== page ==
In a short-term toxity study according to guideline EPA 660/3-75-009 which is similar to EPA OPPTS 850.1045, white shrimps from the species Palaemonetes pugio were exposed under static conditions to benzoyl chloride during 96h in salt water. Two series of five organisms were exposed to a range of nominal concentrations (i.e. 18.0, 30.0, 50.0, 83.0, 139.0, 233.0 mg/L) and three controls were included. The percentage of mortality was monitored and LC 50 (96h) and confidence intervals were determined by either probit analysis, moving average method or the binomial test depending on the number of partial kills observed.

The percentage of mortality in the controls during the 96h test period was below 10%. The LC50(96h) was calculated to be 180 mg/L (99.8% CI: 139.0 - 233.0 mg/L) based on nominal concentrations and 0.12 mg/L based on measured concentrations. Hence, at this level of information, benzoyl chloride can not be classified based on the classification categories given in the CLP regulation (EC) No 1272/2008 since the EC50 after 48h is requested for crustacea.

The quick degradation of benzoylchloride into benzoic acid and HCl in the dilution water resulted in a drop in pH to 7.2 caused by HCl and more importantly benzoic acid depleted the dissolved oxygen which most likely caused the 100% mortality after 96h at a nominal concentration of 233.0 mg/L benzoylchloride (dissolved oxygen measured was 0.6 mg/L).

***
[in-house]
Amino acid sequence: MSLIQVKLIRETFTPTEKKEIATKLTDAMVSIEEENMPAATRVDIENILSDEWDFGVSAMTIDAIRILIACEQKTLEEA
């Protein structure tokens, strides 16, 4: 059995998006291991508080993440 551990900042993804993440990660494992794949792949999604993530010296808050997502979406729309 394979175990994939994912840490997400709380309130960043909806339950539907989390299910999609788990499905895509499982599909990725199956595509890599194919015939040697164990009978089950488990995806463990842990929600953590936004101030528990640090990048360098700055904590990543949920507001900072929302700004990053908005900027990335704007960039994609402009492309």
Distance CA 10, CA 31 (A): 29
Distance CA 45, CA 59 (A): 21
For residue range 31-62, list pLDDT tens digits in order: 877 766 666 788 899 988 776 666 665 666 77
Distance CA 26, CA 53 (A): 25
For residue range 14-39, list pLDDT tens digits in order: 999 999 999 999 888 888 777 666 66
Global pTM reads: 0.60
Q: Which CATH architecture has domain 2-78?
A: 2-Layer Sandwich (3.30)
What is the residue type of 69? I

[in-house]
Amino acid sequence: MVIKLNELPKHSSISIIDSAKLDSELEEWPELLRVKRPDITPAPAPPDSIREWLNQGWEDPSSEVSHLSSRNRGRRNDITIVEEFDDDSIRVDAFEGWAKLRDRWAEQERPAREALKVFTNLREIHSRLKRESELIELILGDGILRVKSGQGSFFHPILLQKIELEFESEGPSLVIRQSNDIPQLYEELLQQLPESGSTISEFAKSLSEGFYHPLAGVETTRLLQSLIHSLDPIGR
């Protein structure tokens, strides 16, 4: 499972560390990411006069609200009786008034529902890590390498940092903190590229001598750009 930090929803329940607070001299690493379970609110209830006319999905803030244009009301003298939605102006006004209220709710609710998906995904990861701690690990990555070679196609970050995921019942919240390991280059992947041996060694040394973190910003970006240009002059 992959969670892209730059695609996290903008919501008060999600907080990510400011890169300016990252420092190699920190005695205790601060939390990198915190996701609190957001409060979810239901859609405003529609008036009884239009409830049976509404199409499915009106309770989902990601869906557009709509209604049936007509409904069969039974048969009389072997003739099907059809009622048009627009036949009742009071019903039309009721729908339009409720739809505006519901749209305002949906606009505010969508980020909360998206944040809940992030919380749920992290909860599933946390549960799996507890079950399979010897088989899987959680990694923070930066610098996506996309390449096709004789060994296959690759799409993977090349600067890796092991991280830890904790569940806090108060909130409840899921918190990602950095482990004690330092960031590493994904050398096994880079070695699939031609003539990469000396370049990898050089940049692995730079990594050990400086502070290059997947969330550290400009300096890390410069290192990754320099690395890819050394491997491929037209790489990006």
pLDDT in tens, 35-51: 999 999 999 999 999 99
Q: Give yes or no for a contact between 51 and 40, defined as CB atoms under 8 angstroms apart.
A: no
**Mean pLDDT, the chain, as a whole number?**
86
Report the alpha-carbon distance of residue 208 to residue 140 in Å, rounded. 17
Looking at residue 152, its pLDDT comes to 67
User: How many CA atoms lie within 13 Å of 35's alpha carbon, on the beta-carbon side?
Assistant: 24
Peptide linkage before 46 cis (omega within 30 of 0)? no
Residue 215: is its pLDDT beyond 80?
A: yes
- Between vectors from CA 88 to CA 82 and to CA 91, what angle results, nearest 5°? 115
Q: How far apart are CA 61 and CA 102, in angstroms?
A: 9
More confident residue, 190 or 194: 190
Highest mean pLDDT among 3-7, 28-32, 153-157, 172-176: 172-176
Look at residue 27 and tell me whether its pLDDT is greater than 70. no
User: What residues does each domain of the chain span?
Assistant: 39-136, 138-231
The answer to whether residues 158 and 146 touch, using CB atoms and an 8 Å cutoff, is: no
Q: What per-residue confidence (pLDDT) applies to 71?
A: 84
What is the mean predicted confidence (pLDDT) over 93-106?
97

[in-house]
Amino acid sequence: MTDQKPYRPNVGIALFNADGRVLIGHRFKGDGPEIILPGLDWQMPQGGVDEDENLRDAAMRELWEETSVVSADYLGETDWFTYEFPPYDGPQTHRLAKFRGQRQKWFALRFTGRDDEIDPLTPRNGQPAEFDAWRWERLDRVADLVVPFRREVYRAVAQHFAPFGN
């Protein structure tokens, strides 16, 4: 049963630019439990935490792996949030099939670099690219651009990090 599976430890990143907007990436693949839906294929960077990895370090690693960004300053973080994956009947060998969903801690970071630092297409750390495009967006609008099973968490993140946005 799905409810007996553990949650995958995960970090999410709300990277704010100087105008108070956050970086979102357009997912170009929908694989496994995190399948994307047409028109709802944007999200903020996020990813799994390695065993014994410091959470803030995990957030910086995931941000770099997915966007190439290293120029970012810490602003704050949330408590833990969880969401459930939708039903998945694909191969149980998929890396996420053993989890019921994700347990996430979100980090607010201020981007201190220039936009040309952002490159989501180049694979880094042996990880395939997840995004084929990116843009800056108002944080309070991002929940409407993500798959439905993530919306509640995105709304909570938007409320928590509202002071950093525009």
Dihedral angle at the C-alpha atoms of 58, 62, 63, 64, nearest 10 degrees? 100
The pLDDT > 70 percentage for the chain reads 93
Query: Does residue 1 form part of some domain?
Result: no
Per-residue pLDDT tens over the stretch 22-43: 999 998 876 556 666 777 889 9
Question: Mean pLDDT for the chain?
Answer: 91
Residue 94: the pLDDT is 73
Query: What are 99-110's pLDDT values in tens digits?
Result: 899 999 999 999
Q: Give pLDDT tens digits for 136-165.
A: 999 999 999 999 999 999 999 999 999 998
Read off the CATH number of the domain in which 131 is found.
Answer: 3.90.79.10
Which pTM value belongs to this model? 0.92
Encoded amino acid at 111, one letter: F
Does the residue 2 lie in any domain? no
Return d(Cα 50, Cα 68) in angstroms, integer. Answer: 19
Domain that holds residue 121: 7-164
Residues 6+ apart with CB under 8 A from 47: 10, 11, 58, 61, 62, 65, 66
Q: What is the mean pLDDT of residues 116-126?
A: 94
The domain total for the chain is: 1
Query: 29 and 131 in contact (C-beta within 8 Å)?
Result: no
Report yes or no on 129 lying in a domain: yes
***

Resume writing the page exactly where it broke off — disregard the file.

No data on the GLP procedure was reported and validity criteria were partially fulfilled. The mortality in the controls should not have exceeded 10% during the 96h testing period. Thus, this validity criteria was met as only 7% mortality was observed at 96h. Furthermore the dissolved oxygen levels should be above 60% of saturation. This criteria was not fulfilled as the biological oxygen demand of benzoic acid (degradation product of benzoyl chloride) caused a drop in dissolved oxygen at multiple time points and nominal concentrations of benzoyl chloride resulting in a saturation level below 60%. However, this parameter is an intrinsic property of the substance in water and quantification of the degradation products was succesfull. Altogether, considering these elements and the level of details of the investigation, the study should be considered as reliable with restrictions, a Klimisch 2.e study.